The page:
C-SPAN Recognizes Role of Bloggers and Liberalizes Copyright Policies

C-SPAN has recoginzed the changing role of copyright policies with the growth of the blogosphere. Many sites tacitly encourage bloggers to copy portions of their material by including track backs of blogs discussing them. They realize that ultimately this encourages more links to their site. They also realize that the more prominent the blogosphere becomes, the more valuable it is to encourage blogs to discuss their work if they want to have their material be part of the national discussion. C-SPAN is in a unique position as their copyrighted material often includes coverage of public events.

In the past C-SPAN has taken a hard line on enforcing copyright laws. DemBloggers, where many of my posts here are also reprinted, was forced to discontinue posting videos from C-SPAN in 2005. Recognizing the role of bloggers, C-SPAN has announced a new policy:

Advancing its longstanding mission of bringing government closer to the people, C-SPAN announced today two major initiatives designed to greatly expand citizen access to its online video of federal government activities, such as congressional hearings, agency briefings, and White House events. These actions are intended to meet the growing demand for video about the federal government and Congress, in an age of explosive growth of video file sharers, bloggers, and online ‘citizen journalists.’ The policy change is effective immediately.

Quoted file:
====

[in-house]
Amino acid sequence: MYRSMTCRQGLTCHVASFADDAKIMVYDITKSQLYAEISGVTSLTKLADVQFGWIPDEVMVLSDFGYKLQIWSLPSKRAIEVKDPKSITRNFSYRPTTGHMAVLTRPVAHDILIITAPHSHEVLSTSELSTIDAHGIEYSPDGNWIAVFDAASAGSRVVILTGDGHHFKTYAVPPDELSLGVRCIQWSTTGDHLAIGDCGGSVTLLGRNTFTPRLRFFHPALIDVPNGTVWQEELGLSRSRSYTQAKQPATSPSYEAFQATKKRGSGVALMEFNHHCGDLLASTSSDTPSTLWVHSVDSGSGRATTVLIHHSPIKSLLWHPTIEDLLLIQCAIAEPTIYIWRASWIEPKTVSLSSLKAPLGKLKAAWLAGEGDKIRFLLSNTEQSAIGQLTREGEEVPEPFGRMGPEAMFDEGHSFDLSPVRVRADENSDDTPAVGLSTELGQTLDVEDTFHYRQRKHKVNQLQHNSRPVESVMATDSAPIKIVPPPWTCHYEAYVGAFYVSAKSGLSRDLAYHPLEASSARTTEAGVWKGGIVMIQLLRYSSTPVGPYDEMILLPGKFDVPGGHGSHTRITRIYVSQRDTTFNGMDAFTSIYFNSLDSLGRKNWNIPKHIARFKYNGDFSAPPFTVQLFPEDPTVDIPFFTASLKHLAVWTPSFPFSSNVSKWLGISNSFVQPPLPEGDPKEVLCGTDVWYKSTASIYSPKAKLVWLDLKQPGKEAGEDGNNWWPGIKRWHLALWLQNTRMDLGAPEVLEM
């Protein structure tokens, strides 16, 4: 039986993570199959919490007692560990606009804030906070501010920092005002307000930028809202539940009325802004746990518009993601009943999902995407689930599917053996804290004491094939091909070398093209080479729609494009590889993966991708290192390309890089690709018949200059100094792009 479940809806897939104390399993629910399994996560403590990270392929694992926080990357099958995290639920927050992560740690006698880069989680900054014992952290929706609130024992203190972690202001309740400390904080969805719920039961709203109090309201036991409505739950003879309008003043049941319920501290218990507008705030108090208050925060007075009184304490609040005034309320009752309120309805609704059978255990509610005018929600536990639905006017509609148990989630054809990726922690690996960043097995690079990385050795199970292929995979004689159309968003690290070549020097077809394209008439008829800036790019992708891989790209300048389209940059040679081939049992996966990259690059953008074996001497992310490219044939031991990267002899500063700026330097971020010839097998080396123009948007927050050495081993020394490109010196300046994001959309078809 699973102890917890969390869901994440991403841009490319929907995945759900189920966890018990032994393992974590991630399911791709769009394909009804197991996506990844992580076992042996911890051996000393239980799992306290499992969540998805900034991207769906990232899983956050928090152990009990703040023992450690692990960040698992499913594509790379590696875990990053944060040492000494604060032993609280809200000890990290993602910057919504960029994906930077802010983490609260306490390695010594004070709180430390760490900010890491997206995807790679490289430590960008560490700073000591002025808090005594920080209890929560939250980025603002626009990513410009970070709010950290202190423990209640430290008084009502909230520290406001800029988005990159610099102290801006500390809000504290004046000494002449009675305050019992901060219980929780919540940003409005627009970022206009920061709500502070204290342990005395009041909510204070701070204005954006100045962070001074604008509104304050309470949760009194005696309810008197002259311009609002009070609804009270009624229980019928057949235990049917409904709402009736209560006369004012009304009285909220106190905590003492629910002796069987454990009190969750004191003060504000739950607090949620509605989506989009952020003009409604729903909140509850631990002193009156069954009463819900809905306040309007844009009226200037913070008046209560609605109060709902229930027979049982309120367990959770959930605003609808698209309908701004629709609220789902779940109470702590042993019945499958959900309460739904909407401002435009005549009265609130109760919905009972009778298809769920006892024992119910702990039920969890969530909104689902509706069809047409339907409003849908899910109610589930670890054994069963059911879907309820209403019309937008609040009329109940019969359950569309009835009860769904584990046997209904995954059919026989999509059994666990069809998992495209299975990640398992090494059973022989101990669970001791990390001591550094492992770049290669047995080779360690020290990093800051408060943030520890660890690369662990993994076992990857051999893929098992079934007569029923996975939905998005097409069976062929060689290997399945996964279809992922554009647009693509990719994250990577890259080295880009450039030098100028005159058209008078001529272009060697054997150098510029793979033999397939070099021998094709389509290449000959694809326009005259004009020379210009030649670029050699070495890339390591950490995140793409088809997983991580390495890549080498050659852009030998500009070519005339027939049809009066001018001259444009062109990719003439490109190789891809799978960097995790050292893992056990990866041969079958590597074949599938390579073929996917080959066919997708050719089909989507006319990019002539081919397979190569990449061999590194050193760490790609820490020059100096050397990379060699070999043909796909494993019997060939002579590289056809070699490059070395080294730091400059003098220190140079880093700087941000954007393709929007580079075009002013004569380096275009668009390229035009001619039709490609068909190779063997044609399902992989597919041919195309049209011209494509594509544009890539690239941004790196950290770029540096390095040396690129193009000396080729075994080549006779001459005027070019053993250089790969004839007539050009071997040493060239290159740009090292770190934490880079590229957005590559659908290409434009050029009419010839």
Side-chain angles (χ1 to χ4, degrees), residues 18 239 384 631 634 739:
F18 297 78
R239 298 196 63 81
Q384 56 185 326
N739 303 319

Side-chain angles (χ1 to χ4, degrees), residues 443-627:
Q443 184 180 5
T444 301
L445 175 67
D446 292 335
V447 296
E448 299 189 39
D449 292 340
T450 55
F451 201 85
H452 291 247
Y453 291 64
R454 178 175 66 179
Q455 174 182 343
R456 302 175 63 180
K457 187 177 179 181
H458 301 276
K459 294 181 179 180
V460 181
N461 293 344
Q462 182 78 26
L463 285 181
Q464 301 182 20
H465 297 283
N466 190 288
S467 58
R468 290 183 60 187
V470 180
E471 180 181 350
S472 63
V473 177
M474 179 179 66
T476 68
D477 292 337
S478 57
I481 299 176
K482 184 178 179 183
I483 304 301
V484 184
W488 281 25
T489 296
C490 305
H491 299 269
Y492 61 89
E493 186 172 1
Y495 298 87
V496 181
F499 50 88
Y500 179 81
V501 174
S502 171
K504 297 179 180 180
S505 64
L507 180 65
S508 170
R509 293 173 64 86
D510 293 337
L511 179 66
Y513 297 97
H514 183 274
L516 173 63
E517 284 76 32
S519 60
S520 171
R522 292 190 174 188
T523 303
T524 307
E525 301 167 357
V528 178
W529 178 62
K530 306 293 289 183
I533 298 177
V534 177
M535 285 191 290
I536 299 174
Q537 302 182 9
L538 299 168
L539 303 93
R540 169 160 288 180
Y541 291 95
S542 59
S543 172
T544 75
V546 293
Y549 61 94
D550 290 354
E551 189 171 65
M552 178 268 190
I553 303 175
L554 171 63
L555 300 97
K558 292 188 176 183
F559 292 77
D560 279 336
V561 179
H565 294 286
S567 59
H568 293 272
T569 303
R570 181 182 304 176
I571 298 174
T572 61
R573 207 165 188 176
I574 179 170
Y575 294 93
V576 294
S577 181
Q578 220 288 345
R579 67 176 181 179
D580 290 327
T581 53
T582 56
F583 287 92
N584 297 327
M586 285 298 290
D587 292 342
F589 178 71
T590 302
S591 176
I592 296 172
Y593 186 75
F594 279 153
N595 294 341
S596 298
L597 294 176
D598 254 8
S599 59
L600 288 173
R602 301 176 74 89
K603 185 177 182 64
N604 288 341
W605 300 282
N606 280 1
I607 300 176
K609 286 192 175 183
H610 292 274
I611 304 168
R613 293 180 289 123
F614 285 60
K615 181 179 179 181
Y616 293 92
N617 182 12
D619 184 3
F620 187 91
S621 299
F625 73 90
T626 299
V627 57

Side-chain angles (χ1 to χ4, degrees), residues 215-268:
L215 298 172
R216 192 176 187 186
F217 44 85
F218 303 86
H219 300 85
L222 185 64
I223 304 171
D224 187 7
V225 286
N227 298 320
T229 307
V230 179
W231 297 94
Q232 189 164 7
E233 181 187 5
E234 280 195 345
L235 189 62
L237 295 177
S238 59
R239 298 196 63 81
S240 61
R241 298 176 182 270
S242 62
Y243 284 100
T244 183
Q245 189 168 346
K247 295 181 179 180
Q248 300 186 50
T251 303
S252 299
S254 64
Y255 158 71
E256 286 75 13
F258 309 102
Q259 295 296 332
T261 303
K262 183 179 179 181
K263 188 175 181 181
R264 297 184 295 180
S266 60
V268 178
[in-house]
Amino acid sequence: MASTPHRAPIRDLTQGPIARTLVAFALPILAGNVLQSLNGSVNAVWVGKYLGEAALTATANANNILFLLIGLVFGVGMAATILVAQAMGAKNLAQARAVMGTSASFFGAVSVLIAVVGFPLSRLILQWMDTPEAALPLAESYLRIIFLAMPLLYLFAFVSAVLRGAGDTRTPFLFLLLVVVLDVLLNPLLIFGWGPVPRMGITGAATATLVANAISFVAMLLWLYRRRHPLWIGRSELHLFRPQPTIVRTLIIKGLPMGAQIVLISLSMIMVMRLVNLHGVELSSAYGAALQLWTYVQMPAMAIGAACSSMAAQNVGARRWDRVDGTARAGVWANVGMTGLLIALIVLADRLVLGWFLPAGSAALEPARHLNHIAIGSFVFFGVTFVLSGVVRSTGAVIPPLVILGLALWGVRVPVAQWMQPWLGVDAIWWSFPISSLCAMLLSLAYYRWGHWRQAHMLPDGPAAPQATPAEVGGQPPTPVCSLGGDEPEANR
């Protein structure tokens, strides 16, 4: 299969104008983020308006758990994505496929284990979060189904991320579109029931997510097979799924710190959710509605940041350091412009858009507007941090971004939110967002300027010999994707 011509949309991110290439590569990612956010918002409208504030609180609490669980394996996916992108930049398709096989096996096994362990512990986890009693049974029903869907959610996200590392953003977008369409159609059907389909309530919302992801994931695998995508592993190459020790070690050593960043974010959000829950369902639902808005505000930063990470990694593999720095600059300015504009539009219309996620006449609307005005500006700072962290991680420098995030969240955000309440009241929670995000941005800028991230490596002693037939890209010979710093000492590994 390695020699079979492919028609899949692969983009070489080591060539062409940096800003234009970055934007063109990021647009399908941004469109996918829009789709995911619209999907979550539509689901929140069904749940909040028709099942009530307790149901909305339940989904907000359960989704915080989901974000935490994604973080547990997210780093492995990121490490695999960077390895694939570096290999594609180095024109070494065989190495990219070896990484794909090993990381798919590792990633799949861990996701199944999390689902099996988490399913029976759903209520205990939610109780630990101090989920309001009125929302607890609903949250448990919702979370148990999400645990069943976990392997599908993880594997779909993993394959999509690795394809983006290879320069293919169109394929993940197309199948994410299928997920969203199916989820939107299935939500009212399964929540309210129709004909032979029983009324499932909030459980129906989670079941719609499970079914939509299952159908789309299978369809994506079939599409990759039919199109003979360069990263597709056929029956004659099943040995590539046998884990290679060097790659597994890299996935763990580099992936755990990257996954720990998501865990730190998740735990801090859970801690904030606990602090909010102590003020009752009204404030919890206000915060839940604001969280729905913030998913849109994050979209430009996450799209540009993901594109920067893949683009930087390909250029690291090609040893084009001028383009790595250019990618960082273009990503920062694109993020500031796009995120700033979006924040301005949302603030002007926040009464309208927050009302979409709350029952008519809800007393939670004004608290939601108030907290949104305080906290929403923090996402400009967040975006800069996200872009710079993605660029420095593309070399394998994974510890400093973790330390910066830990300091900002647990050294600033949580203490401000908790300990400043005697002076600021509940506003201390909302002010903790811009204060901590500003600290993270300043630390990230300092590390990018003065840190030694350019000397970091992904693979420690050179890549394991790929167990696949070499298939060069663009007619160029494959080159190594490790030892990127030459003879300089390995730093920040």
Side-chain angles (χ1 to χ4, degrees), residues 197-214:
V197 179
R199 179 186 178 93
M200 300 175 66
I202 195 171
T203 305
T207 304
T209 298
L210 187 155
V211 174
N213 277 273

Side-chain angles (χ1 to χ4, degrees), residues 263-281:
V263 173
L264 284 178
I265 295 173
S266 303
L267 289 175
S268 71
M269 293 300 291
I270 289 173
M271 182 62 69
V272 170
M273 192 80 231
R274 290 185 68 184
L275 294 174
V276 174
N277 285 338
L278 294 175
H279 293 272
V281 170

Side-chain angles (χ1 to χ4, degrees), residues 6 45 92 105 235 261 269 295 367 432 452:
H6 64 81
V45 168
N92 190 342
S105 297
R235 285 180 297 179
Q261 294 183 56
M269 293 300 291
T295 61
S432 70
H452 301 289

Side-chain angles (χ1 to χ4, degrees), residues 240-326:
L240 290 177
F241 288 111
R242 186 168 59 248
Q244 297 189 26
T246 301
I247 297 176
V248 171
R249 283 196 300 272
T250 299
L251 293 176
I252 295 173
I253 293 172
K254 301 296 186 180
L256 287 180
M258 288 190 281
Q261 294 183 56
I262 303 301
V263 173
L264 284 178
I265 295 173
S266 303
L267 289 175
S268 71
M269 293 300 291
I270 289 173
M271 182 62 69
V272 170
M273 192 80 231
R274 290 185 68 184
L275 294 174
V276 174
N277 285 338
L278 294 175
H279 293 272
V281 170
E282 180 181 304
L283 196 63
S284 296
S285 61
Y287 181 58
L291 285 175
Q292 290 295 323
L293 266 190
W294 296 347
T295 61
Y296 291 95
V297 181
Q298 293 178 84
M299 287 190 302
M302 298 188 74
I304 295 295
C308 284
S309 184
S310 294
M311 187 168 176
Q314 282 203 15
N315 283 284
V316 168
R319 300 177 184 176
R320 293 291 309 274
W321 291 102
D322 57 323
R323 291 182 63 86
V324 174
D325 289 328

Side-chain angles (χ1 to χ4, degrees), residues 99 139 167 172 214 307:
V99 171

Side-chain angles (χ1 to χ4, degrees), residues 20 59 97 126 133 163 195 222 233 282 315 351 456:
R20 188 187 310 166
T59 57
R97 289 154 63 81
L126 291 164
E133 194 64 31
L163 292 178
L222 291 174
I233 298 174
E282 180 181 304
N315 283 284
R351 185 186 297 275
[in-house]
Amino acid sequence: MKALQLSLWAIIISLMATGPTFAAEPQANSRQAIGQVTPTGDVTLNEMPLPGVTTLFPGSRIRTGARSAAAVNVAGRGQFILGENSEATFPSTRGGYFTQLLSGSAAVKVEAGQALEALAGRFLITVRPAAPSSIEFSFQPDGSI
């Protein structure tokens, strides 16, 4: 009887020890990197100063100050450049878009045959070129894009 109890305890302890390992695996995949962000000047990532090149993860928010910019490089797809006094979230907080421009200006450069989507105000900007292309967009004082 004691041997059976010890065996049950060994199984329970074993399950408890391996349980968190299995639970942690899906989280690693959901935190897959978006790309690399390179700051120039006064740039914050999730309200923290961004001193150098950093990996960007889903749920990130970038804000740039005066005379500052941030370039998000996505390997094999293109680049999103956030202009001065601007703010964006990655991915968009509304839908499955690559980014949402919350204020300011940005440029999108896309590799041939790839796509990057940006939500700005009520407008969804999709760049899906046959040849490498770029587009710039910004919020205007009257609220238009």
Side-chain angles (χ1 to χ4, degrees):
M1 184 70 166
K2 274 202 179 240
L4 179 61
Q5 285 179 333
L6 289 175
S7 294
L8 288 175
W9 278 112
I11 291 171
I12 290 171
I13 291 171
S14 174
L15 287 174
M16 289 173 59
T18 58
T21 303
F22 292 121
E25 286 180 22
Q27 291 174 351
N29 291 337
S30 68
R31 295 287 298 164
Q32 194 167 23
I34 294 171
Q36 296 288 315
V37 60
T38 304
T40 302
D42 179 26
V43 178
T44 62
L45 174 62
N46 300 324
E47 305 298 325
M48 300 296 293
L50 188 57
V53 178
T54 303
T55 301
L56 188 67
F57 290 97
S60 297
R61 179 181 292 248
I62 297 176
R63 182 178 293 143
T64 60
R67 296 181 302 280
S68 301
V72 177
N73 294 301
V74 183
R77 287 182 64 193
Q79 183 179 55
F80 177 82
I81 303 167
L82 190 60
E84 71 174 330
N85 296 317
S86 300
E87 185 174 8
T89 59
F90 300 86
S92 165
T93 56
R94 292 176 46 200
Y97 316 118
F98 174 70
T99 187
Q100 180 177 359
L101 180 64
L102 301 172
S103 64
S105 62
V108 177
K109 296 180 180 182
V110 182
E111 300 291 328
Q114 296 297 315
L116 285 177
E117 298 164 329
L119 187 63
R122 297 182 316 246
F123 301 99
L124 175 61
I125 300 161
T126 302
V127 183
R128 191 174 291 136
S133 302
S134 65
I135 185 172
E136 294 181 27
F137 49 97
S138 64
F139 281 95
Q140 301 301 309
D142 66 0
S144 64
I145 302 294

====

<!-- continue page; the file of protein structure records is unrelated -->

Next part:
· C-SPAN is introducing a liberalized copyright policy for current, future, and past coverage of any official events sponsored by Congress and any federal agency– about half of all programming offered on the C-SPAN television networks–which will allow non-commercial copying, sharing, and posting of C-SPAN video on the Internet, with attribution

“Giving voice to the average citizen has been a centerpiece of C-SPAN’s journalism since our network’s founding in 1979,” said, Rob Kennedy, C-SPAN president and co-COO. “As technology advances, we want to continue to be a leader in providing citizens with the tools to be active participants in the democratic process.”

James Fallows reports that C-SPAN even told Nancy Pelosi that she could not use clips from Congressional hearings:

After becoming speaker this year Nancy Pelosi used C-Span clips from the Iraq debates on a site showing what the new Democratic majority was up to.

At that point, C-Span did something unwise. It told Pelosi she had to take the clips off her site, because C-Span held copyright on them. This was even though Pelosi arguably “owned” the material as much as anyone did, since she was the head of the organization whose debates C-Span was showing; even though the proceedings themselves were not closed, commercial, or proprietary in any way; and even though the people shown in the clips were public officials, working on taxpayers’ time.

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